With the advent of password policies that are designed to prevent users from using passwords that are easily determined by dictionary lookup, brute force methods are becoming common. A brute force method tries all possible combinations of characters to generate trial passwords that are essentially random combinations of letters, numbers and punctuation. Desktop brute-force password hackers can try about 1 million attempts per second. It should be clear that, if we restricted passwords to digits, a 6-digit code could be cracked by a desktop cracker in about one second since there are one million possible ways that six digits can be arranged. But if we add uppercase letters to the mix, then a random 6-character password acquires many more possible combinations: (26 + 10)6, or over 2.178 billion!
Ok, so maybe we’re a super-secret government organization that can utilize 1,000 password cracking machines all working together to make some sort of hyper-password-cracker. Such a machine would only cost on the order of $1 million, so such equipment is definitely do-able. Well, this machine could crack all those passwords in a little over 2 seconds. So what can we do to increase our security? We can add lowercase letters! Just a simple modification like that increases our possible password combinations to (26 + 26 + 10)6, or over 56 billion. So now it would take our super machine about a minute. Adding, say, 18 common punctuation marks would increase that to 250 billion (or about 4 minutes for the super cracker). But here’s the thing: every additional character of length to the password (remember, we’re starting at only 6 characters) will now make guessing the password take 80 times longer! So a 7-character password would take close to 6 hours. Passwords of 8 characters would take nearly a month, and 9 characters would take over 6 years!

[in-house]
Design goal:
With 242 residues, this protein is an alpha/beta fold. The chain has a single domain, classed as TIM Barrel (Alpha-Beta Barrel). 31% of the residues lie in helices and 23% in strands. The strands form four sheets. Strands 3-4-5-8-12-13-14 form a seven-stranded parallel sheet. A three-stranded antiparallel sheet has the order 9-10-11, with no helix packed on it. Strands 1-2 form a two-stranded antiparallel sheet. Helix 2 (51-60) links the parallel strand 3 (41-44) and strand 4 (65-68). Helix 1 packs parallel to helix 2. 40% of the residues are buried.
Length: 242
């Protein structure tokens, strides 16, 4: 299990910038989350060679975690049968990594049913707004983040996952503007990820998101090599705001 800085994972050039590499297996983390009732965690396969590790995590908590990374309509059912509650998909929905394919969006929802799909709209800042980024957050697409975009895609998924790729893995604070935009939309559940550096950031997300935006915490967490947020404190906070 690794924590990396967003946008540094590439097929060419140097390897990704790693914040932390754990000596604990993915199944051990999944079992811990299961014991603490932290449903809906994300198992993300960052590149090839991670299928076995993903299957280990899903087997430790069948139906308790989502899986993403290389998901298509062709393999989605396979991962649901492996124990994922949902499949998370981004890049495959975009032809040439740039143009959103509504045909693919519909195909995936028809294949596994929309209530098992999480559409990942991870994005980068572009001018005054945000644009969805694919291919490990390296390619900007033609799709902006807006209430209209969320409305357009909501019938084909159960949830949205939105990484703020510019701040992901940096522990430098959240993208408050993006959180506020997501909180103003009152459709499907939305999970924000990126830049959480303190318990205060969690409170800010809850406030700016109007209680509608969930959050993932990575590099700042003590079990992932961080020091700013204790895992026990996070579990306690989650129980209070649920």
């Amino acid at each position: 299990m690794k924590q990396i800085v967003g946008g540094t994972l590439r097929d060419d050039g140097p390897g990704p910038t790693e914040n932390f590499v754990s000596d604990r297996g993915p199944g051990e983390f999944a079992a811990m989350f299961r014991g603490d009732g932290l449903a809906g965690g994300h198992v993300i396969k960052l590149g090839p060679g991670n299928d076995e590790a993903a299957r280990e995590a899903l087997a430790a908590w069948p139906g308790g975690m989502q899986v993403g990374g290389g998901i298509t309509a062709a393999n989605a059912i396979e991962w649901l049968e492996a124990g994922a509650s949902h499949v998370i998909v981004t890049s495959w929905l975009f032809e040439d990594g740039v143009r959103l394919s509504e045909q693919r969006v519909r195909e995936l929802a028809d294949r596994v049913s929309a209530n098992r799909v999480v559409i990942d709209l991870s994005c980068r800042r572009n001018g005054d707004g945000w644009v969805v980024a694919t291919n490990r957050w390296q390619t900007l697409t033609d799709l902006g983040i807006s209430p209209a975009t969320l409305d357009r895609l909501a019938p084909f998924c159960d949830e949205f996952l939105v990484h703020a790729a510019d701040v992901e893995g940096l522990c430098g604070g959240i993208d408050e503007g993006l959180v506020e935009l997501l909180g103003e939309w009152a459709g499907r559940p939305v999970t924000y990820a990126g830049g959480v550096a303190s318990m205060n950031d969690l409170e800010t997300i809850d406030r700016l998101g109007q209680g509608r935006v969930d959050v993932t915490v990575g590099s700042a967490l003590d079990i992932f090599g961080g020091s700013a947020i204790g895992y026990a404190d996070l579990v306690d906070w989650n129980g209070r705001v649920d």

[Note: the times above are what would be required to exhaustively hash every possible password…on average, the hyper-hacker machine would hit a match in about half the time, sometimes more, sometimes less.]
So the moral of the story is, choose random letters, numbers and punctuation when you create your passwords, and longer is better than shorter. But do the characters have to be truly random? No!
An Alternative to Completely Random Passwords